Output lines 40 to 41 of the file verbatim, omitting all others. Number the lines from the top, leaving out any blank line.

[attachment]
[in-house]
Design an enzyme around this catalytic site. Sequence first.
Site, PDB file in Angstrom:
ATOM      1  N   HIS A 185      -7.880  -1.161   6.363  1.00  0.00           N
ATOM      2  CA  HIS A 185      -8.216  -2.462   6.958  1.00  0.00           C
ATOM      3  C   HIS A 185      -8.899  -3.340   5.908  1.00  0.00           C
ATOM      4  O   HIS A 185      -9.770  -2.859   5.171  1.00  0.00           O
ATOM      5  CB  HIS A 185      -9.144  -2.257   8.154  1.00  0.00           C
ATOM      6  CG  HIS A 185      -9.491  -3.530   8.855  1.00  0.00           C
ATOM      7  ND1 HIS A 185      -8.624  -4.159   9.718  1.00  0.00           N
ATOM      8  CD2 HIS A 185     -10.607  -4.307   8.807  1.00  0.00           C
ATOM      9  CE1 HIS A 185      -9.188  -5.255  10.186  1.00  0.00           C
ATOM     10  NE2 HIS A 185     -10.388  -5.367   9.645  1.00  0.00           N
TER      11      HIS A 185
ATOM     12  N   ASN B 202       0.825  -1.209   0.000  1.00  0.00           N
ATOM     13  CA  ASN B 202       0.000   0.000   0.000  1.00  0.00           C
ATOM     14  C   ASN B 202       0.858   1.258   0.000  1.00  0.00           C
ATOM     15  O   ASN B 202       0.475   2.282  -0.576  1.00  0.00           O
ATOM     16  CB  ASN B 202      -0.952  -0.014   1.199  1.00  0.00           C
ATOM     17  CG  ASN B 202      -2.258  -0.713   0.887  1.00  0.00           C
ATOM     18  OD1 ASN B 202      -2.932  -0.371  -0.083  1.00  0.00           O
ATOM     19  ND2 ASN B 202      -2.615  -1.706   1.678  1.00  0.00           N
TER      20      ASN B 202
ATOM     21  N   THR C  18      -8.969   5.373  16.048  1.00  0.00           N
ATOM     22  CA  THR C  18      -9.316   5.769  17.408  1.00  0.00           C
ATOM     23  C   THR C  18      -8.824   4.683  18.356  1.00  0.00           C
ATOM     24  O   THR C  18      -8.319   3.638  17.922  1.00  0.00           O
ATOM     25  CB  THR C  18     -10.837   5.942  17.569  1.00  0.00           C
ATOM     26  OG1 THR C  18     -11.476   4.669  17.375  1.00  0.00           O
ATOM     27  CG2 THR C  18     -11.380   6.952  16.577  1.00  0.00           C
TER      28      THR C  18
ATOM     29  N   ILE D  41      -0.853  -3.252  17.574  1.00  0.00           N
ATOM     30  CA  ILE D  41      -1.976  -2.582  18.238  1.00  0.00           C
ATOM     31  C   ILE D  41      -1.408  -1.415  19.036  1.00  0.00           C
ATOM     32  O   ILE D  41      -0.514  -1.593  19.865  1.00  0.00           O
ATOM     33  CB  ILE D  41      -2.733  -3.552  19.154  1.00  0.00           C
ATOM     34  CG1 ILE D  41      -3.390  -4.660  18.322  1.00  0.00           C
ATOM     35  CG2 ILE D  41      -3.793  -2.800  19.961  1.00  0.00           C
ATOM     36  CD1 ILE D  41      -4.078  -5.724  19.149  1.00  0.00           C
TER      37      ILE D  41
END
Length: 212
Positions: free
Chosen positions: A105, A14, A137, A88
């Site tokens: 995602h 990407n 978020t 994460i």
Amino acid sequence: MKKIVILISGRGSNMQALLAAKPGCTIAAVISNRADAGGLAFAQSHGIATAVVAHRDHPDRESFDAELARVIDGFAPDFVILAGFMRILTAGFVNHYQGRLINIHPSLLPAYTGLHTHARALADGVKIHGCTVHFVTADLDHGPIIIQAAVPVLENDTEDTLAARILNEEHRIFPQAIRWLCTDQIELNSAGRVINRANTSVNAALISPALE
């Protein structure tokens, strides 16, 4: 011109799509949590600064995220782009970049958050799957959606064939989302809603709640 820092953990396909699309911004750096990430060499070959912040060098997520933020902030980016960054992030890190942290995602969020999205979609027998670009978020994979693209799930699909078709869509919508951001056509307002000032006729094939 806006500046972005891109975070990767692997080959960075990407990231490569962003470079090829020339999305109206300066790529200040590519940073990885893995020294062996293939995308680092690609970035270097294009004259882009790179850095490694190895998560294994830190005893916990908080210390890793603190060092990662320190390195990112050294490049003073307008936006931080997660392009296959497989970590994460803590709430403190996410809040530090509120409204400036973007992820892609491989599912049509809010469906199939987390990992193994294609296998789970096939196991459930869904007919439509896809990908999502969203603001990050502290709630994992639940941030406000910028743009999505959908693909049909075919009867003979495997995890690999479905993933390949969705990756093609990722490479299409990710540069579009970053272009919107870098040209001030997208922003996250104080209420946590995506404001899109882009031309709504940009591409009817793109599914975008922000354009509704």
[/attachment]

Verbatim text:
TER      37      ILE D  41
END